Research Article: Experimental Investigation of the Cd-Pr Phase Diagram

Date Published: April 9, 2014

Publisher: Public Library of Science

Author(s): Thomas L. Reichmann, Herta S. Effenberger, Herbert Ipser, Andreas Hofmann.

http://doi.org/10.1371/journal.pone.0094025

Abstract

The complete Cd-Pr equilibrium phase diagram was investigated with a combination of powder-XRD, SEM and DTA. All intermetallic compounds within this system, already reported in literature, could be confirmed: CdPr, Cd2Pr, Cd3Pr, Cd45Pr11, Cd58Pr13, Cd6Pr and Cd11Pr. The corresponding phase boundaries were determined at distinct temperatures. The homogeneity range of the high-temperature allotropic modification of Pr could be determined precisely and a limited solubility of 22.1 at.% Cd was derived. Additionally, single-crystal X-ray diffraction was employed to investigate structural details of Cd2Pr; it is isotypic to the AlB2-type structure with a z value of the Cd site of 0.5. DTA results of alloys located in the adjacent two-phase fields of Cd2Pr suggested a phase transformation between 893 and 930°C. For the phase Cd3Pr it was found that the lattice parameter a changes linearly with increasing Cd content, following Vegard’s rule. The corresponding defect mechanism could be evaluated from structural data collected with single-crystal XRD. Introduction of a significant amount of vacancies on the Pr site and the reduction in symmetry of one Cd position (8c to 32f) resulted in a noticeable decrease of all R-values.

Partial Text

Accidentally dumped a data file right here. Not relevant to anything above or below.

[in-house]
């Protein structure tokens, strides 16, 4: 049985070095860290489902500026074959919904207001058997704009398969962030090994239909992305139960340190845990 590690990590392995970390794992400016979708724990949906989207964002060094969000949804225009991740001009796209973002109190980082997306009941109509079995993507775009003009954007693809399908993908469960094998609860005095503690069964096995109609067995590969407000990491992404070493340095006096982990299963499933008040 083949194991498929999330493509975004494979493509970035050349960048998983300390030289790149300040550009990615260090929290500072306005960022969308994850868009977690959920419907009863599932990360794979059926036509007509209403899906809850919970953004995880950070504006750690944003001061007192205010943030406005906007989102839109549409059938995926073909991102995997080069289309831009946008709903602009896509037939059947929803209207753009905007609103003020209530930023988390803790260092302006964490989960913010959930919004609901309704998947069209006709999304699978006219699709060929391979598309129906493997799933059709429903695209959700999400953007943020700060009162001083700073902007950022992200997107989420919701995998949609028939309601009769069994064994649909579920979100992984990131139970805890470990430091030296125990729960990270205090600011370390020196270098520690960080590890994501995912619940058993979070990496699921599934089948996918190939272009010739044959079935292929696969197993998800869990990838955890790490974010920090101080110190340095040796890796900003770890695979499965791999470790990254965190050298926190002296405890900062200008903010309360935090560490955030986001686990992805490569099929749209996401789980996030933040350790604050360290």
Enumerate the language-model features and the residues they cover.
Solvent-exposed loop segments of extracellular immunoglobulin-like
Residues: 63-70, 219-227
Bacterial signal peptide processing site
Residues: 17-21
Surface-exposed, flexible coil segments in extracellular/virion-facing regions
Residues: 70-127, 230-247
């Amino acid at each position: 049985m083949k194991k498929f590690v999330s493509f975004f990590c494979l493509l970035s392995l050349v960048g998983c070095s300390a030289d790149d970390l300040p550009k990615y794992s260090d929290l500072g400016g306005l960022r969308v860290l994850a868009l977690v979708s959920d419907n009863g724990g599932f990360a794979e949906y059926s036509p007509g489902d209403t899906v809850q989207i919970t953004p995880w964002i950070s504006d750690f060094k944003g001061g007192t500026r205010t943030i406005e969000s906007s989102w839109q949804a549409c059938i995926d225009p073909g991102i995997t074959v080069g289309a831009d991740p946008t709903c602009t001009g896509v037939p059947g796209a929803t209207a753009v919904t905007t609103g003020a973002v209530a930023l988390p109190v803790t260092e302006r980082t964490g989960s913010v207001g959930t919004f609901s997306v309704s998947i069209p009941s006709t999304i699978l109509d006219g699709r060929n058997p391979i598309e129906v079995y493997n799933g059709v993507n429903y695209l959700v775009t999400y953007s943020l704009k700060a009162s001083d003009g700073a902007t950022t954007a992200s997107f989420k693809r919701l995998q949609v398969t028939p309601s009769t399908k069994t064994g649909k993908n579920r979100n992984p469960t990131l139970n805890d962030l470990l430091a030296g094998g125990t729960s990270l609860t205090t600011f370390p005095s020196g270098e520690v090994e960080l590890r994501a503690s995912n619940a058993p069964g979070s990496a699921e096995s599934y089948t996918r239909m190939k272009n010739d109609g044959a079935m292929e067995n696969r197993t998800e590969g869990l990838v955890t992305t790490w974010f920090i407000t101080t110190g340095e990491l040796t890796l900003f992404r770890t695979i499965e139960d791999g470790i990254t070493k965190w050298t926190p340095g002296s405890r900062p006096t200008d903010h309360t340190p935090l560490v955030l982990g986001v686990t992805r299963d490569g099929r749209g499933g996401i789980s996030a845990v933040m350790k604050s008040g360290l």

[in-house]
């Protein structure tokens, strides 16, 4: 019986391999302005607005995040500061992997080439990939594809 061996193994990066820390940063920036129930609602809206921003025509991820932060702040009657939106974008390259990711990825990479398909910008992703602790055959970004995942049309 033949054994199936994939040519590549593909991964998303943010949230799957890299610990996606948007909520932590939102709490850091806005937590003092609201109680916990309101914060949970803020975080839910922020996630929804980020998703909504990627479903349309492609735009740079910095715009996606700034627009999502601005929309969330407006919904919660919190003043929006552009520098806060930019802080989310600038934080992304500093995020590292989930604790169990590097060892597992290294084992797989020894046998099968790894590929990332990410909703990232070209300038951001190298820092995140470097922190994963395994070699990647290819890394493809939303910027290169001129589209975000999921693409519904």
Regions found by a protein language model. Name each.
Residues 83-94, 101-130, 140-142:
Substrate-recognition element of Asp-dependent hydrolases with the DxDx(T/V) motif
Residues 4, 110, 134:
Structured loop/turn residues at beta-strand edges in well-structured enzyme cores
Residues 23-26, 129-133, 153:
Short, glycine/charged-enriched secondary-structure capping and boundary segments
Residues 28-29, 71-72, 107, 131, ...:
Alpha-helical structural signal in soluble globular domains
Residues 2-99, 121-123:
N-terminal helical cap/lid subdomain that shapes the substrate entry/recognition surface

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All samples were prepared from pure elements, using Cd shot (99.9999%, AlfaAesar, Johnson Matthey Chemicals, Karlsruhe, Germany) and Pr pieces (99.9%, Smart Elements, Vienna, Austria). The surface-oxide layer of the Pr pieces was removed with a file. The elements were weighed with a semi-micro balance to an accuracy of about ±0.5 mg, resulting in an accuracy of ±0.01 at.% in the nominal composition for a total sample mass of 1 g. To prevent Pr from oxidation, the whole sample preparation was carried out in a glove box under Ar atmosphere (oxygen level: <1 ppm, water level: <1 ppm). The metals were placed in Ta crucibles which were designed in our laboratory and subsequently enclosed by means of arc welding under an Ar atmosphere of 0.25 bar. A total number of 29 samples were annealed and characterized by powder-XRD, SEM and DTA to obtain a complete description of the Cd-Pr phase diagram. Equilibrated samples and as-cast alloys were consulted to define homogeneity ranges, phase equilibria and crystallization behaviour. All relevant samples, examined with isothermal methods, are listed in Table 2. Heat treatments, identified phases and phase compositions are given. The corresponding results are discussed in detail in chapter 1. Samples studied by DTA are listed in Table 3, together with their thermal effects from two heating and cooling cycles, respectively. These thermal effects are discussed properly in chapter 2. On the basis of the combined results a complete version of the Cd-Pr phase diagram was drawn, which is given in Fig. 1. The complete Cd-Pr phase diagram was investigated with a combination of powder-XRD, SEM and DTA; it is presented in Fig. 1. Based on the present results, the homogeneity ranges of the altogether seven intermetallic compounds and of the solid solution of Cd in Pr were derived (Table 4). The solubility ranges fit quite well with values reported previously by Reichmann and Ipser [11]. Additionally, melting or decomposition temperatures of all intermetallic compounds, derived from DTA measurements, are listed. It was found that the intermetallic compounds Cd11Pr, Cd6Pr, Cd45Pr11 and Cd3Pr are formed incongruently whereas Cd58Pr13, Cd2Pr and CdPr exhibit congruent formation behaviour. The invariant reaction temperature for the peritectic formation of Cd11Pr was comparable with values reported by Refs. [12] and [15]. The solid solubility of Cd in β-Pr could be determined reliably and is given as about 22.1 at.% Cd. The addition of Cd stabilizes the high-temperature modification β-Pr down to 450°C where it decomposes in terms of a eutectoid reaction.   Source: http://doi.org/10.1371/journal.pone.0094025